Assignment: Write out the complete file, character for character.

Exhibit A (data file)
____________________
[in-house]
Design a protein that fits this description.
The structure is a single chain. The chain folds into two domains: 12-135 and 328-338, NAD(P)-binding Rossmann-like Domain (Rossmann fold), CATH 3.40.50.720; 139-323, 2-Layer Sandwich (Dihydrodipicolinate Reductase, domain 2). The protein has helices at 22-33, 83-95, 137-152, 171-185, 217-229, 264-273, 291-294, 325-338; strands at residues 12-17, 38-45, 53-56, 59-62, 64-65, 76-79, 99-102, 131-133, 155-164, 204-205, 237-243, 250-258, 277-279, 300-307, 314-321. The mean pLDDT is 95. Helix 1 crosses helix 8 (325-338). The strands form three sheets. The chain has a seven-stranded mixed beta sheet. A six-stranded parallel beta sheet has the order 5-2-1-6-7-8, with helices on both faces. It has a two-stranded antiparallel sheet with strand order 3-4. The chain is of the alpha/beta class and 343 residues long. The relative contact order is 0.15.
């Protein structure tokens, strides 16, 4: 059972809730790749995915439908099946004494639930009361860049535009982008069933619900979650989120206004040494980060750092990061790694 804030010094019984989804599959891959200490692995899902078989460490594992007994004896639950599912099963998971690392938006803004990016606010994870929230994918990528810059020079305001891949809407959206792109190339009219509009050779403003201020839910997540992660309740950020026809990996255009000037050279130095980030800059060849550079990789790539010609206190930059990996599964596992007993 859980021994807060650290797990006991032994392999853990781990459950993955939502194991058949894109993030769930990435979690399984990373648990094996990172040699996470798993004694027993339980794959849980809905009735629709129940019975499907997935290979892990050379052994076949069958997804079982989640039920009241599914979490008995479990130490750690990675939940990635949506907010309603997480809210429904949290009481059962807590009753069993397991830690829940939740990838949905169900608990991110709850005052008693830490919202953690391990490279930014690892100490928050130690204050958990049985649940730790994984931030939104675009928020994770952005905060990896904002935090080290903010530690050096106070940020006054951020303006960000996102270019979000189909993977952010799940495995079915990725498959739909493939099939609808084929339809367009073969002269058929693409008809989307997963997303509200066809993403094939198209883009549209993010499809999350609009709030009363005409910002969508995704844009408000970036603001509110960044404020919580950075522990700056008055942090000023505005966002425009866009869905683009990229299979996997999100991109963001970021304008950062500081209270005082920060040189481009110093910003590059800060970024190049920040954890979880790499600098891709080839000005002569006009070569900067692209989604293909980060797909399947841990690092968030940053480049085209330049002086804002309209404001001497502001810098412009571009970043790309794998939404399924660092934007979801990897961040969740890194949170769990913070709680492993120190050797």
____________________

[in-house]
Design a protein that fits this description.
The structure is a single chain. The chain folds into two domains: 12-135 and 328-338, NAD(P)-binding Rossmann-like Domain (Rossmann fold), CATH 3.40.50.720; 139-323, 2-Layer Sandwich (Dihydrodipicolinate Reductase, domain 2). The protein has helices at 22-33, 83-95, 137-152, 171-185, 217-229, 264-273, 291-294, 325-338; strands at residues 12-17, 38-45, 53-56, 59-62, 64-65, 76-79, 99-102, 131-133, 155-164, 204-205, 237-243, 250-258, 277-279, 300-307, 314-321. The mean pLDDT is 95. Helix 1 crosses helix 8 (325-338). The strands form three sheets. The chain has a seven-stranded mixed beta sheet. A six-stranded parallel beta sheet has the order 5-2-1-6-7-8, with helices on both faces. It has a two-stranded antiparallel sheet with strand order 3-4. The chain is of the alpha/beta class and 343 residues long. The relative contact order is 0.15.
């Protein structure tokens, strides 16, 4: 059972809730790749995915439908099946004494639930009361860049535009982008069933619900979650989120206004040494980060750092990061790694 804030010094019984989804599959891959200490692995899902078989460490594992007994004896639950599912099963998971690392938006803004990016606010994870929230994918990528810059020079305001891949809407959206792109190339009219509009050779403003201020839910997540992660309740950020026809990996255009000037050279130095980030800059060849550079990789790539010609206190930059990996599964596992007993 859980021994807060650290797990006991032994392999853990781990459950993955939502194991058949894109993030769930990435979690399984990373648990094996990172040699996470798993004694027993339980794959849980809905009735629709129940019975499907997935290979892990050379052994076949069958997804079982989640039920009241599914979490008995479990130490750690990675939940990635949506907010309603997480809210429904949290009481059962807590009753069993397991830690829940939740990838949905169900608990991110709850005052008693830490919202953690391990490279930014690892100490928050130690204050958990049985649940730790994984931030939104675009928020994770952005905060990896904002935090080290903010530690050096106070940020006054951020303006960000996102270019979000189909993977952010799940495995079915990725498959739909493939099939609808084929339809367009073969002269058929693409008809989307997963997303509200066809993403094939198209883009549209993010499809999350609009709030009363005409910002969508995704844009408000970036603001509110960044404020919580950075522990700056008055942090000023505005966002425009866009869905683009990229299979996997999100991109963001970021304008950062500081209270005082920060040189481009110093910003590059800060970024190049920040954890979880790499600098891709080839000005002569006009070569900067692209989604293909980060797909399947841990690092968030940053480049085209330049002086804002309209404001001497502001810098412009571009970043790309794998939404399924660092934007979801990897961040969740890194949170769990913070709680492993120190050797």